“Seeing an octopus is one of those magical moments. There’s just this sense that they are intelligent – the way they watch you, and react to you. They’re also very skittish, so you can’t be too erratic with your movements around them. I try and slow my breathing, so that I’m not creating too many bubbles, and avoid eye contact. It sounds strange, but if you look straight at them, they’ll usually disappear quite fast. There’s a certain amount of pressure trying to photograph one, so it’s always a good moment when you get one.”

“When people go diving with me, they sometimes get a bit bored because I’ll be focusing on a stone or a bit of kelp for half an hour. This is a Dahlia anemone, which I found in just three metres of water off the beach at Cunningsburgh. I just love the colours, textures and details of it, and it’s easy to see how it got its name. You can see amazing things just walking off Shetland’s beaches with a snorkel and mask. To me, the main thing is learning to slow down and really look at things.”

“Having said that I love tiny organisms, I do still get such a thrill from seeing seals underwater. In Shetland, there are so many that people sometimes take them for granted, like they’re sheep. But they’re so beautiful underwater, the effortlessly graceful way they move. They’re incredibly hard to photograph, though, because they’re very wary of you in the water. You have to be really still, and kind of gain their trust. There’s often a group of seals that play in the waves at Scousburgh. I’ll sit in the dunes and watch them, and dream of getting that shot of a seal surfing. But they’re so aware of these strange ungainly animals in the water. Maybe if I stick at it for ten years, they’ll learn to trust me, and give me the shot.”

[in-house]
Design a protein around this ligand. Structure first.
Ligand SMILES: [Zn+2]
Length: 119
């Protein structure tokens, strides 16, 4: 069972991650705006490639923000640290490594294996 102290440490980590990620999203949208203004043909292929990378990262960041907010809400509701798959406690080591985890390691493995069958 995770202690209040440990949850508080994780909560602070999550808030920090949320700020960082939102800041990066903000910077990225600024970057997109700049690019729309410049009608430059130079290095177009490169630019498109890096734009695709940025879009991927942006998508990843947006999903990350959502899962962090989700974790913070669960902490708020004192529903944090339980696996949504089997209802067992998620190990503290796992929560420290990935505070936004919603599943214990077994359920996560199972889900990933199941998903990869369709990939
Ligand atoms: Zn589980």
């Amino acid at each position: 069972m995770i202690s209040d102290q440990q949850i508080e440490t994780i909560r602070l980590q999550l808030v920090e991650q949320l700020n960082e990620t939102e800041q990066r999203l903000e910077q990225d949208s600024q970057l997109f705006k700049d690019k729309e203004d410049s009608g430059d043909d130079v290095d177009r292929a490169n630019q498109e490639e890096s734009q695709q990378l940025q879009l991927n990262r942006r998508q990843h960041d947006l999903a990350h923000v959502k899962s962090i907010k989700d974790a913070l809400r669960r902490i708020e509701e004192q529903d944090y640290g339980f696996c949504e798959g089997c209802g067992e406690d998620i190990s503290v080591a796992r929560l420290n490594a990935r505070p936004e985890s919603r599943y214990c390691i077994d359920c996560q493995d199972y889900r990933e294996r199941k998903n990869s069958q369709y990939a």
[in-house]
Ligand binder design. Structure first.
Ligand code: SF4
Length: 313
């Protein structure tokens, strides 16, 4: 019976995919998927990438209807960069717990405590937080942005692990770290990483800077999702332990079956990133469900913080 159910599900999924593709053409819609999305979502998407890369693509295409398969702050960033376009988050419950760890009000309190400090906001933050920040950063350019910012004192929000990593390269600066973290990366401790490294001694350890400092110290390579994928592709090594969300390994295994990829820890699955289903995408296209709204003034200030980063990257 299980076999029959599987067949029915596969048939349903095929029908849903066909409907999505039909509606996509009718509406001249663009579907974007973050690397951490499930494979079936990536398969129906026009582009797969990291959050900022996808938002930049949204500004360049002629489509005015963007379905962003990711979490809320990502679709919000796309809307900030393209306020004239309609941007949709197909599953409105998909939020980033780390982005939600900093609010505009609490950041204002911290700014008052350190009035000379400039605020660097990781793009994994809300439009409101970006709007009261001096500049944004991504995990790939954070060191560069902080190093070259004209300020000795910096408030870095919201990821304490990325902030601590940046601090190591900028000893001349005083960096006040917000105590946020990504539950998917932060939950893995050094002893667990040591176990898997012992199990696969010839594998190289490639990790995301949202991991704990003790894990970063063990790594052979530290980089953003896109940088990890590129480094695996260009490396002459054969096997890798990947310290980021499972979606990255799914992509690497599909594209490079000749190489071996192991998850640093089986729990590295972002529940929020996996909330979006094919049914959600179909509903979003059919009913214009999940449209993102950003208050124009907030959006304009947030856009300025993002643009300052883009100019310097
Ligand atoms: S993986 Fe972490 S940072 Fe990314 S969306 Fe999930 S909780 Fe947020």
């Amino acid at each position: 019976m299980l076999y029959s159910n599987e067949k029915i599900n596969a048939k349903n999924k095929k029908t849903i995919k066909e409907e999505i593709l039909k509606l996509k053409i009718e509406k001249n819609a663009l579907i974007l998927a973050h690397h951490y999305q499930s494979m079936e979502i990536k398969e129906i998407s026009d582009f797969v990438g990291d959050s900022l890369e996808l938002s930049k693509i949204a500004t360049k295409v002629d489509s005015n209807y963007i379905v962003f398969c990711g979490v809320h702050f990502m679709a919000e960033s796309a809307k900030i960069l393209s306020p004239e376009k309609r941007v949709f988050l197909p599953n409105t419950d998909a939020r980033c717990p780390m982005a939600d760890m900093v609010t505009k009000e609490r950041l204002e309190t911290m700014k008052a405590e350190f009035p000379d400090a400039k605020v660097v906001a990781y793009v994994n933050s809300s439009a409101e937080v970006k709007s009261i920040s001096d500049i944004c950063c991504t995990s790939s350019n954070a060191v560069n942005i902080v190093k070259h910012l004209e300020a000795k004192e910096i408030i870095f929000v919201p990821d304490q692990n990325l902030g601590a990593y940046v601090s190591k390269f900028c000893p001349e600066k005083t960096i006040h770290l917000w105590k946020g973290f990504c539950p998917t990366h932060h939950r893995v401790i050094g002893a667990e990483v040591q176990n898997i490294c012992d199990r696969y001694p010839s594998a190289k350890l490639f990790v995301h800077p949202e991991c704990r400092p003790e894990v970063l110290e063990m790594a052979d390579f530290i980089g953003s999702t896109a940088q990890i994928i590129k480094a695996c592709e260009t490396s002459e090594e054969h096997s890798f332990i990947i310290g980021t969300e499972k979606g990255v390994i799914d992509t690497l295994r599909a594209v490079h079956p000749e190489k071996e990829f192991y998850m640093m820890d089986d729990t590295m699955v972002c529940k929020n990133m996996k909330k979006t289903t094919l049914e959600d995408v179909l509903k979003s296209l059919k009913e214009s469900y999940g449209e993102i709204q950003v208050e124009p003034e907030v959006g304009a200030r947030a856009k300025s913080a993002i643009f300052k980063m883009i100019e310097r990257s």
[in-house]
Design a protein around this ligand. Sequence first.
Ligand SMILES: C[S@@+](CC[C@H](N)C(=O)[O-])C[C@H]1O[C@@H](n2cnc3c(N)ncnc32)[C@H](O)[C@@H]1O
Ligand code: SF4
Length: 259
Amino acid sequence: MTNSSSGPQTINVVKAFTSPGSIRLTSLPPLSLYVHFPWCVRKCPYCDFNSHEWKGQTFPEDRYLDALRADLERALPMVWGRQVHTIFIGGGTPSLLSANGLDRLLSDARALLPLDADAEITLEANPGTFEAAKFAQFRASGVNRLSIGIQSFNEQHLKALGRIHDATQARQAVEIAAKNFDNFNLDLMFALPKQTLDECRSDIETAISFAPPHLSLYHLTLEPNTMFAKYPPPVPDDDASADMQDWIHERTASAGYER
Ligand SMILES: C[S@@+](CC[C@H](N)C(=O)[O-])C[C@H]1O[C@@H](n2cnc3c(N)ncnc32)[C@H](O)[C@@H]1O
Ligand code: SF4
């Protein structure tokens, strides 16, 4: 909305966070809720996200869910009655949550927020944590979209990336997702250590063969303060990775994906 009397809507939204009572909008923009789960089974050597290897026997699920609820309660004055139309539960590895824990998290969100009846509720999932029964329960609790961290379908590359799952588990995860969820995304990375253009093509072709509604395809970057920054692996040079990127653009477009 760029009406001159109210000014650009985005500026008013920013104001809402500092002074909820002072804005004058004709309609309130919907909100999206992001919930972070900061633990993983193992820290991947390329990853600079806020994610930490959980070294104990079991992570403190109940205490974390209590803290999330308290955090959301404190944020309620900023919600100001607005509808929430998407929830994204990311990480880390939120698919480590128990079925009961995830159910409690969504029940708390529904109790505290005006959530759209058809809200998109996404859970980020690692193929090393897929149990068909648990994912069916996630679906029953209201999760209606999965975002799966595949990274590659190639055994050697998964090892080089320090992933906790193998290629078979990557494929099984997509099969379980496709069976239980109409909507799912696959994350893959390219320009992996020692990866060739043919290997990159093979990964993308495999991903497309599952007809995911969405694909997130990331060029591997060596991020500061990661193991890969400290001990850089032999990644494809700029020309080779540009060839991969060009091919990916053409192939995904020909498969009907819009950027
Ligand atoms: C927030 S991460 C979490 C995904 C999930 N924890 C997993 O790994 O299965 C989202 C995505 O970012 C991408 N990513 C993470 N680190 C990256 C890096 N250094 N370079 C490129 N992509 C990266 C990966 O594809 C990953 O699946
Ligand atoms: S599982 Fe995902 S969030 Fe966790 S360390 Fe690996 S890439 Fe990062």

“This was shot in Ronas Voe in the north of the Mainland, on a small creek boat wreck. The boat sank to 30 metres off its mooring at the pier, and has become this sheltered spot for amazing sea life. These brittle stars are attached to an old railing, crowned by a plumose anemone (plumose means feathery). I love it when nature reclaims our waste and turns it into a bustling ecosystem on what was once just a spot of muddy seabed.”

“The steep cliffs of Noss, the little island beyond Bressay, are well-known as a breeding ground for birds, especially gannets. A lot of tourists and nature photographers go out there. It’s not my usual beat, but I went out with Richard Shucksmith, a local photographer who films and photographs gannets a lot. So much of what I do is very quiet, but having gannets plunge into the water at high speed for mackerel is quite an adrenaline rush, so it was tricky to stay calm underwater and get the shot.”

See more of Billy’s amazing underwater shots on his Instagram page.